The hearts of eight female artists beating as one

Not long ago eight women sat around a kitchen table discussing what was important in life.

LANI ALTON is a member of the Comox Valley H'artists.


Not long ago eight women sat around a kitchen table discussing what was important in life.

Community, support and communication made it to the top of the list. A close second was having a sufficient amount of fun and funds.

And so the Comox Valley H’artists (sounds like heart), a diverse group of female artists ranging in age, artistic discipline and background, was formed. Their goal is to collaborate, celebrate uniqueness and support the artist within.

On Friday, Dec. 9 from 6 to 10 p.m., they will share the results of their endeavor at the Corre Alice Gallery in Cumberland.

In addition to pottery, painting and sketches, the opening reception will include live music by Kel Kelly, wine tastings with Coastal Black winery, coffee and tea from Mudsharks, appetizers from Monte Cristo and chocolates from Hot Chocolates. There are door prizes, too.

“We call the show 16 Legs to Stand On because it is an example of how eight artists can all stand together, work as one and share the load with each other,” says Evangeline van der Heide. “So often, we lead sheltered, independent lives — trying to succeed on our own. 16 Legs to Stand On recognizes the need of support from like-minded individuals and commitment to work collectively as a whole.”

The idea for the art show began with van der Heide and her two roommates, Regina Schumann and Stephanie Warkenton. The next thing they knew, Cori Sandler, Eira-Shay Barker-Hart, Patricia van der Heide and Helen Gamble had joined in.

Schuman is a care aid for Lani Alton, a young woman with cerebral palsy. When Alton heard what was going on, she wanted to be part of it as well.

“Although not everyone still lives in the Comox Valley, we all have strong roots here,” notes van de Heide. “This show is the start of something we’d all like to see continue.”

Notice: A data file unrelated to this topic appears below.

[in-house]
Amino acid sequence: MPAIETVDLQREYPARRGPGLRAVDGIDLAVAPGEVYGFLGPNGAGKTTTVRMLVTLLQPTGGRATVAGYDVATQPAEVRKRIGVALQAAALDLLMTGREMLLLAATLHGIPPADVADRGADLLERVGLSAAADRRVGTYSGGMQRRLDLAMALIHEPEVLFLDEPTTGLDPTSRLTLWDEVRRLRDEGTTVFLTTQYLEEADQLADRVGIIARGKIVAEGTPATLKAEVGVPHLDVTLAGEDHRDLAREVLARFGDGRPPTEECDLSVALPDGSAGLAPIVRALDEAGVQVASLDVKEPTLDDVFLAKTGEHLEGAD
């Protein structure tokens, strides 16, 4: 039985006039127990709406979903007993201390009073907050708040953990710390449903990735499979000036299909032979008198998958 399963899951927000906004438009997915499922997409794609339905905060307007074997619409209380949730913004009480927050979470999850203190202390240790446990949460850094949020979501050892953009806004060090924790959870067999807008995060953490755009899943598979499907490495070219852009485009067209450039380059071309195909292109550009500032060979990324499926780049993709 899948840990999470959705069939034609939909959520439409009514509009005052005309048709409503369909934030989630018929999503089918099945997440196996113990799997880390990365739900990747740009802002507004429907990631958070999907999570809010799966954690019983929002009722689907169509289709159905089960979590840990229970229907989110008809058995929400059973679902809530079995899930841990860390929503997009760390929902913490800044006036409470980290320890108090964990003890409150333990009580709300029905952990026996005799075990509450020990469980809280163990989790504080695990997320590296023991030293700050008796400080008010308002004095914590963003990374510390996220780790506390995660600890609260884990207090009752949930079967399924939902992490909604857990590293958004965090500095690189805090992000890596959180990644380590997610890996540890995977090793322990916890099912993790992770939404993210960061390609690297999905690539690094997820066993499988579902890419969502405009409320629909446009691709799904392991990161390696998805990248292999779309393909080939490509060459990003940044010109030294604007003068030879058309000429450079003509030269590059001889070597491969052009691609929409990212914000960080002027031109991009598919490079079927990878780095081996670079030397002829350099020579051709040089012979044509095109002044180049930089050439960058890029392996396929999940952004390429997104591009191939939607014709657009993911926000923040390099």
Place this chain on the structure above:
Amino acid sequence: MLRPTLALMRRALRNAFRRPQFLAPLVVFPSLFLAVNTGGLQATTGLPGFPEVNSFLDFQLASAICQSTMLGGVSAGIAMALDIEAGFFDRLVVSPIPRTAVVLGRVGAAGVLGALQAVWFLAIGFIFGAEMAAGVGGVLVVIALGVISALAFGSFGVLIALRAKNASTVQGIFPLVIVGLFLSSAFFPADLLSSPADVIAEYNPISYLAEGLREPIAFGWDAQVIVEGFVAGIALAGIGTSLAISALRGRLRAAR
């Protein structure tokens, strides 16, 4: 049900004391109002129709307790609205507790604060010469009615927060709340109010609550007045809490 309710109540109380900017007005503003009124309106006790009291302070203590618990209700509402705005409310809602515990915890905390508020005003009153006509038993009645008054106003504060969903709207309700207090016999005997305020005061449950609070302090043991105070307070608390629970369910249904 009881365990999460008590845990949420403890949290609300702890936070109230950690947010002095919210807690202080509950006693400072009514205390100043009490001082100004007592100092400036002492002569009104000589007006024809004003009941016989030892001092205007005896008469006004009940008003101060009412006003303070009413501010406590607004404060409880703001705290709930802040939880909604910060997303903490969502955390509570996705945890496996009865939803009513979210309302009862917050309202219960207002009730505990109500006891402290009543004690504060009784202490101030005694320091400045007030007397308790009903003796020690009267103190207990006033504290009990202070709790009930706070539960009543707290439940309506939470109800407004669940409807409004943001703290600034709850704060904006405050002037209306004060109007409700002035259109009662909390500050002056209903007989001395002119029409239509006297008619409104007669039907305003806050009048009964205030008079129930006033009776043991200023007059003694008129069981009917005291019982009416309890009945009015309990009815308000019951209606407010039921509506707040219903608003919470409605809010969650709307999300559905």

Each of the artists produced their own work for the show and they also came together to create a series of special handcrafted pottery mugs.

“The mugs fully embody our concept and values,” says van der Heide. “It was a commitment to get together and work together, as well as being a lesson in communication and organizing. Making these mugs for and with Lani was a fun way to do something collaboratively and to show her our support.”

Another unique item in the exhibit are the clay broaches with, “I can’t remember your name either,” on them.

Proceeds from mug sales and the first 100 broaches will go to the Lani Alton Society. Alton has cerebral palsy and requires extensive support and medical care that isn’t always covered by the medical system.

And the purchase of any piece of art, a mug or broach comes with an entry form for a big draw at 3 p.m. on Dec. 30, the last day of the show.

Prizes include a one-day sailing adventure with lunch for two, a date at Atlas Café, a gift certificate for Monte Christo’s, a felted scarf by Ann Marie Lisch, free NIA ( and free Music Together classes (

There will also be a silent auction featuring a screen print intimately connected to Alton.

“Lani is very limited in her physical abilities,” says van der Heide. “But she still feels and communicates, just in a different way than speech. The screen print is intimately connected with Alton and expresses the theme of communication and the varying abilities to do so.”


“The whole experience of planning and getting ready for the show has been fun and interactive,” adds van der Heide. “We’re so happy to have the support of the community in the way of door prizes and draws and thrilled that we can use our artistic abilities to raise much needed funds for Lani.”

The Corre Alice Gallery is at 2781 Dunsmuir Ave. in the old Frelone’s building in Cumberland. Hours are Tuesday through Saturday from 11 a.m. to 4:30 p.m.



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